THE BLOG
07/15/2013 03:36 pm ET Updated Sep 14, 2013

Born This Way

Born This Way, a stunning new film by Shaun Kadlec and Deb Tullmann, lifts documentary into art. With our wary new enlightenment, we assume the rest of the world is just fine with the idea that, who you love, how you love, is up to you.

In Cameroon, being gay is against the law. You will be imprisoned if the person you love is constructed the way you are. You will be hunted down. Cameroon has more arrests for homosexuality than anywhere else in the world. The stories of the people you meet in this film have the desperate lure, the suspense and emotional power of fiction. This would indeed be a stunning play. Except you'd miss the vision of Shaun's direction. There's the shot that catches the deep privacies of the secret chapel; benches lit with rainbows of color from the stained glass windows. And then the moon poised in the dense midnight sky -- the lens catching the expression of its cold eye, mirroring the isolation of the characters, people living in terror because of who they love.

I saw Born This Way at a screening hosted by Jamie Wolf, the film's executive producer who is committed to L.A.'s art scene. She knows exactly what is happening with every new filmmaker whether in a Venice loft, an Echo Park studio or at a poets' recital under an arch made of old books in The Last Bookstore downtown. Jamie Wolf is a serious artist and a writer; her instinct for artistic integrity is infallible. Wolf was impressed by Shaun's short films: "I liked the texture of his work." She requires texture: the enrichment of pattern, perspective, innovative contrasts which make her personality, gardens, fabrics, all the art she creates and supports, come alive. All art must have honorable motivation or it lies flat.

Jamie Wolf had met Shaun and Deb through Steave Nemande the Founder of Alternatives Cameroon, the first LGBT Center in Cameroon. At this safe haven, gay people meet each other, learn about AIDS prevention and find counselling support to help deal with family rejection and all the other challenges of the gay world. The Center also creates and provides a space for art exhibits, fashion shows, dances, encouraging opportunities for expression.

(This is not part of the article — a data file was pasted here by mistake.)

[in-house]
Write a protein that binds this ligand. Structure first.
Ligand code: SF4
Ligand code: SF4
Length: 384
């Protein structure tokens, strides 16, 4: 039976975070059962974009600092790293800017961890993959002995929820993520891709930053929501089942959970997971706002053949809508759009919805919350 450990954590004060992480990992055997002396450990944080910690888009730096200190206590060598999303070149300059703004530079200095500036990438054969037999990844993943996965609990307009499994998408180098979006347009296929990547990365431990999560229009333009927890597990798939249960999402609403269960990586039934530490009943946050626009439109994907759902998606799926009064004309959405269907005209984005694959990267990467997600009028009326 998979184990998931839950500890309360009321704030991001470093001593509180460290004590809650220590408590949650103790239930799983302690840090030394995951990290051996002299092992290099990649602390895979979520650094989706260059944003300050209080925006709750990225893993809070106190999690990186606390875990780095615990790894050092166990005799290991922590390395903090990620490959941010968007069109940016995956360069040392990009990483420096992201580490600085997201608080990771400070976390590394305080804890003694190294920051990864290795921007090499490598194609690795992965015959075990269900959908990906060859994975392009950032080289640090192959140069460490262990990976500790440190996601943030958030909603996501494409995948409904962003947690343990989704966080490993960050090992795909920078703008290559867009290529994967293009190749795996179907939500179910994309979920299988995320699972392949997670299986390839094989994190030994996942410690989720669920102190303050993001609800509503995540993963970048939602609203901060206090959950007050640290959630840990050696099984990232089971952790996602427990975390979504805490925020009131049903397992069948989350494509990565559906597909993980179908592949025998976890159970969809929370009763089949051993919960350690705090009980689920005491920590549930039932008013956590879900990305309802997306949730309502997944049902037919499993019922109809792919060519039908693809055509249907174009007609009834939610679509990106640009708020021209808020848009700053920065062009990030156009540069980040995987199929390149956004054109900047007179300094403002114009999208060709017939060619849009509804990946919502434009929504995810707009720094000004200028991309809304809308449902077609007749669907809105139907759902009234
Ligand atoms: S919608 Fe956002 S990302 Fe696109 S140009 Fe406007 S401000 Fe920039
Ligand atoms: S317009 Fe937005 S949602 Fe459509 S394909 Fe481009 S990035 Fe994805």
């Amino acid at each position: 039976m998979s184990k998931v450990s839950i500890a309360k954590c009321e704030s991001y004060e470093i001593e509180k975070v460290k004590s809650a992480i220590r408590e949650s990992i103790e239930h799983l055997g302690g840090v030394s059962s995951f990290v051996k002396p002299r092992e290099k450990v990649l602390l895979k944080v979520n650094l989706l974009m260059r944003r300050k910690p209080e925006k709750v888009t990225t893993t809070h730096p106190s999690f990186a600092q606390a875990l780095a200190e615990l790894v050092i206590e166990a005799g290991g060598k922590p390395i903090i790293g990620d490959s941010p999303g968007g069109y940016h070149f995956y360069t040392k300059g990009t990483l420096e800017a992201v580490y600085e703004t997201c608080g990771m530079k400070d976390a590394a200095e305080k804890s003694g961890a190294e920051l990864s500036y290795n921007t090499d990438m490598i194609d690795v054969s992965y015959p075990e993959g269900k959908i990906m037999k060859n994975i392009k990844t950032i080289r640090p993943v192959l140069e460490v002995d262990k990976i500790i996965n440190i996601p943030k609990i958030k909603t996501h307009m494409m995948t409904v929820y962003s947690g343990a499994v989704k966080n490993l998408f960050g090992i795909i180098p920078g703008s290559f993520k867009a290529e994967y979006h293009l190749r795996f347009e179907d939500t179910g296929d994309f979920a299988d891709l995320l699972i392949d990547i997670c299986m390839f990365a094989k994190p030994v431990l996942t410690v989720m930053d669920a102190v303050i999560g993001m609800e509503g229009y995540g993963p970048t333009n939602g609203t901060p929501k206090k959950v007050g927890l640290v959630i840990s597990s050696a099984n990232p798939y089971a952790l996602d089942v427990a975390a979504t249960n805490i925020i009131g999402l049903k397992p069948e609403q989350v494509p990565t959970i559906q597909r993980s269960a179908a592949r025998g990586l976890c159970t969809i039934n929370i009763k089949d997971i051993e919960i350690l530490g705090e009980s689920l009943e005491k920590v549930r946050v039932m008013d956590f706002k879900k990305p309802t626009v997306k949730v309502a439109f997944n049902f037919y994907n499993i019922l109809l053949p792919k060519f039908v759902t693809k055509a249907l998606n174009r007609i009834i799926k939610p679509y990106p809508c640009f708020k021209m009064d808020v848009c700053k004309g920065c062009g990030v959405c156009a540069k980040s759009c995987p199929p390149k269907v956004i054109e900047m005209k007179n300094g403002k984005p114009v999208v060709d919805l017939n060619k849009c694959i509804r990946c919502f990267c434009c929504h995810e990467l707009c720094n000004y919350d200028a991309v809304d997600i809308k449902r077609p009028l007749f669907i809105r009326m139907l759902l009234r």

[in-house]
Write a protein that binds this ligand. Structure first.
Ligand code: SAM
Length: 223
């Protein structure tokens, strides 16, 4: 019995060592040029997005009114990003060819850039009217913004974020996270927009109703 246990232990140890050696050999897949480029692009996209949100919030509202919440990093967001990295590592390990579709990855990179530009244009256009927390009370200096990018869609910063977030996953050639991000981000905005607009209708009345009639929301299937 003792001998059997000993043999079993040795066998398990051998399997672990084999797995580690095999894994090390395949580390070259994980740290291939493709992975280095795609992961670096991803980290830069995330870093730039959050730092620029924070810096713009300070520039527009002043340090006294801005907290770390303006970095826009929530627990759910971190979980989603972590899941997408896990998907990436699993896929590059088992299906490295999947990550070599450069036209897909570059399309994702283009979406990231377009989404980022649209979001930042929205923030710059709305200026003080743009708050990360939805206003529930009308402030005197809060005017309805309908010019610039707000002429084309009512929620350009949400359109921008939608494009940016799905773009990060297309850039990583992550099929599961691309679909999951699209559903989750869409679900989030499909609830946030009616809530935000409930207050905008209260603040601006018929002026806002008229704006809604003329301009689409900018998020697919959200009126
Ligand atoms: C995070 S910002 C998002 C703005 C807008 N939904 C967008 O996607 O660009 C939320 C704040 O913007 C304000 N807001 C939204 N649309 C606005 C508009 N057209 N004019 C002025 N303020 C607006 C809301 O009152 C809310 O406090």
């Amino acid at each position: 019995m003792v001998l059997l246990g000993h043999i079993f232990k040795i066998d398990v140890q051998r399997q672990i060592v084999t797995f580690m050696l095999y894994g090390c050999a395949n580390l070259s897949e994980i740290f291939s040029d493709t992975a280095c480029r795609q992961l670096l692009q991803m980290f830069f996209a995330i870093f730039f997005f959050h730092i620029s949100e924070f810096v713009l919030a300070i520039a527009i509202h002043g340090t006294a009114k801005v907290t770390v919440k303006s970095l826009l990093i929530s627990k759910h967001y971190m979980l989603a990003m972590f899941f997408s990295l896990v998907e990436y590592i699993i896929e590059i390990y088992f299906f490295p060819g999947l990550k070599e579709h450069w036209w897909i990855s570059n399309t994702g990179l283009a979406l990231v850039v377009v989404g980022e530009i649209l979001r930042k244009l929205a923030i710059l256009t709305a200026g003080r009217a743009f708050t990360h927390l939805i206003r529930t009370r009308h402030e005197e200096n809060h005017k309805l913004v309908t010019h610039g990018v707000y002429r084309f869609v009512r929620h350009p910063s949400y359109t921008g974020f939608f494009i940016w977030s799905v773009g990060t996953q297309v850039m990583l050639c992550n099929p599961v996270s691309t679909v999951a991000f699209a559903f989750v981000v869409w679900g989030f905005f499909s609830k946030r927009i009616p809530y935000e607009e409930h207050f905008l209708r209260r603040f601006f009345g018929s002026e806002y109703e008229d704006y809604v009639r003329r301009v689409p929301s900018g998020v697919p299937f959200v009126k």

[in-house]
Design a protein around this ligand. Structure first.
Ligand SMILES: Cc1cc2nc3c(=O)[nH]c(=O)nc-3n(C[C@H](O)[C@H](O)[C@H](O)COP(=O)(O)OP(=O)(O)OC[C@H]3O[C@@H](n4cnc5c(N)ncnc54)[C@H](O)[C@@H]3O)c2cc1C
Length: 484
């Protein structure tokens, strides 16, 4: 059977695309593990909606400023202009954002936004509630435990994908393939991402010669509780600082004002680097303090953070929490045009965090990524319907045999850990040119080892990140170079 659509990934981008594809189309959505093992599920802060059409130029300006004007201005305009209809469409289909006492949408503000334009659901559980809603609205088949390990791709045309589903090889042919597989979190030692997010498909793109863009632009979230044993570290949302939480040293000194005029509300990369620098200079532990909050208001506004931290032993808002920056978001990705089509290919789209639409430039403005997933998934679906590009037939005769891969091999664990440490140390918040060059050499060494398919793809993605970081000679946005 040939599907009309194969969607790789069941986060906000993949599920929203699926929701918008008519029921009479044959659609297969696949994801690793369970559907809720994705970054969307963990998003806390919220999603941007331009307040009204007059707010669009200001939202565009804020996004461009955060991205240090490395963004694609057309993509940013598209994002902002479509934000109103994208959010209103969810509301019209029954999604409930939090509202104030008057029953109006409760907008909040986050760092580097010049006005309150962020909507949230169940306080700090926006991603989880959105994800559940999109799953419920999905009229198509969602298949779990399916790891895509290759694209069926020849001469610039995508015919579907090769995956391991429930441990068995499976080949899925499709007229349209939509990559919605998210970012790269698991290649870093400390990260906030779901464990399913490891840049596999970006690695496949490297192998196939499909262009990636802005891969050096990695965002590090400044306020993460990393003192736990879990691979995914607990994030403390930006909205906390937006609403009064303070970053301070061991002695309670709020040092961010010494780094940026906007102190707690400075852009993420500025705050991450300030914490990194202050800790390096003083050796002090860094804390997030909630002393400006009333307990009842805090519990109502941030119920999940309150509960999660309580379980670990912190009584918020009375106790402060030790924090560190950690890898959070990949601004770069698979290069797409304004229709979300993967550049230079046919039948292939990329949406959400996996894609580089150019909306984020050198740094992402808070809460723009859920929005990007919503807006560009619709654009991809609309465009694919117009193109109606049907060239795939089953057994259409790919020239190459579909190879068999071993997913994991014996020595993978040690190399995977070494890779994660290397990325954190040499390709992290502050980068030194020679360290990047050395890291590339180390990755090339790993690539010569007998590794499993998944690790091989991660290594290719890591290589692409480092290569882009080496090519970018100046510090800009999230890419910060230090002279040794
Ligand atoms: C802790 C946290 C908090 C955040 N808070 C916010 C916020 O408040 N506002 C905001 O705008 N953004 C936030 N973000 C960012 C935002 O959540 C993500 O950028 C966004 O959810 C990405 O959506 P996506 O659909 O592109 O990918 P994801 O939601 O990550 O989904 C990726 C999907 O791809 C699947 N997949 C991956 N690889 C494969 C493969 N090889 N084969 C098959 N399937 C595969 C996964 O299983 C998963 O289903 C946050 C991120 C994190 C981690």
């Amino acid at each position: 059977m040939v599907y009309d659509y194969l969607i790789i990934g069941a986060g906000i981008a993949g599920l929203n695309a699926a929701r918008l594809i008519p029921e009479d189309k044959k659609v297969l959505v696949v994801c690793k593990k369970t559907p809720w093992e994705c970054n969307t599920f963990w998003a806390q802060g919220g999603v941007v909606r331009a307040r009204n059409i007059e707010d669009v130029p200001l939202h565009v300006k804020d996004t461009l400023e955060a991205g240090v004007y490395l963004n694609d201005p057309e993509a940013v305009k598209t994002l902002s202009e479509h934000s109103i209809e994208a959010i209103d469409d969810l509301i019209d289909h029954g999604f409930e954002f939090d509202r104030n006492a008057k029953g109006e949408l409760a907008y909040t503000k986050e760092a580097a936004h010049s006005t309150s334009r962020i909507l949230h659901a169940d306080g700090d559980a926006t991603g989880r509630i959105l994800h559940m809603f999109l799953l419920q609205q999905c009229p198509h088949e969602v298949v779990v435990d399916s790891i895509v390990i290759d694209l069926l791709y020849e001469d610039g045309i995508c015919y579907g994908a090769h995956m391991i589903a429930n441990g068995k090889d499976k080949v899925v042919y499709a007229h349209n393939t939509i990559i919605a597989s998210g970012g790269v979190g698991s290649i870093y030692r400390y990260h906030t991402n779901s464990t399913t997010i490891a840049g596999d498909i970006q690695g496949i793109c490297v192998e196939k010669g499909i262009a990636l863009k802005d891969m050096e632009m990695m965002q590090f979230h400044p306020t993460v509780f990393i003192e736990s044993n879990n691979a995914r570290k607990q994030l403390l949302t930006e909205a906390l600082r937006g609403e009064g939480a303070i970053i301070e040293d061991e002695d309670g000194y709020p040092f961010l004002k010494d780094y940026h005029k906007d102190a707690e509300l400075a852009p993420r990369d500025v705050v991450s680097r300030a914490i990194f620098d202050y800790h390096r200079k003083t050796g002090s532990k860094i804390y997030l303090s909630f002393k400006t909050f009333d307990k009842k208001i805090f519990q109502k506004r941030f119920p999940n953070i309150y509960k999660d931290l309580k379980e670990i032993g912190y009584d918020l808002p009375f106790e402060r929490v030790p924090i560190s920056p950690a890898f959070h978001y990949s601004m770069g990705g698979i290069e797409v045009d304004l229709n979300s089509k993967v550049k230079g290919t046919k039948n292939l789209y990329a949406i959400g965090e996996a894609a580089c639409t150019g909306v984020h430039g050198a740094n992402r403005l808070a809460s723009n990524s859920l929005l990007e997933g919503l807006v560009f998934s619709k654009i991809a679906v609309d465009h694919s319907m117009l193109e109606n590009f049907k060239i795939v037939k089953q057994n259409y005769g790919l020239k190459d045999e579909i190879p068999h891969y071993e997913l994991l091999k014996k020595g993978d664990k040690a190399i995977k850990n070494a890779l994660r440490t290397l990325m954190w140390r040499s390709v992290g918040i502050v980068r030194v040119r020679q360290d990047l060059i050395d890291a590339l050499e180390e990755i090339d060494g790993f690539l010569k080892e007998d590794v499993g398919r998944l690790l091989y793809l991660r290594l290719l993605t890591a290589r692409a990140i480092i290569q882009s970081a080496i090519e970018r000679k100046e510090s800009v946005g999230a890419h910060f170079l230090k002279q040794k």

With support as dedicated to their vision, as to their cause, Shaun and Deb went to Cameroon with no idea what they'd find. This was not a simple project. They do not speak French, the country's language. For example, Deb shot a scene where a young gay woman, Gertrude, and her partner are taking a taxi to the Center and the taxi driver is quizzing them. Uneasily, they answered, all speaking French. Later, Deb was appalled to discover when they screened the scene, the taxi driver was asking" "What is it like with two women?," "How do you make love?"

This awareness of the ingenuity it took to make Born This Way provides an anchor between the stories of tender Cedric (he's received death threats from neighbors); he weeps with fear at letting his mother know he is gay, and Gertrude who feels shamed as she reveals who she is to her mentor, a nun, who will remind you more of a generous artist than the cloistered nuns from old movies. ("Cloistered." Indeed. Another story.)

You will also meet Alice Nkom, an iconic figure, who became, at 24, the first black female lawyer in Cameroon. This was 1969. In 2011 she was threatened with arrest by her country's Ministry of Communications when they discovered her Association to Defend Homosexuals had been awarded a grant by the European Union.

The story of shooting the film is, in itself, a scary adventure, not only for the filmmakers, but also for the people sharing their stories. It is illegal to shoot documentary footage without government permission, so they stayed undercover, moving around the city and countryside with their heroic characters on the buses and motorcycle taxis, cameras in backpacks. "Because of the fear and danger," Shaun and Deb said, "we connected with our subjects; felt empathy, although what they go through, every moment, every day, is far more serious."

Shaun and Deb explained, that as they spent time involved at the Alternatives Cameroon Center, "the fear evaporated as we built Born This Way around our subjects' movements between safety and danger."

You will see, right away, Born This Way is not an "essay film." "This," as Shaun and Deb learned, "is a view from the inside of a secret community on the verge of transforming into a social movement." There are few documentaries, which draw you in so deeply. You might be devastated by facts, stirred to action -- but rare it is when the lovers' passion and despair is potent and lacerating as any lovers on a giant screen; a silent screen, a Shakespearean stage, or the bed where you once whispered to your soul mate.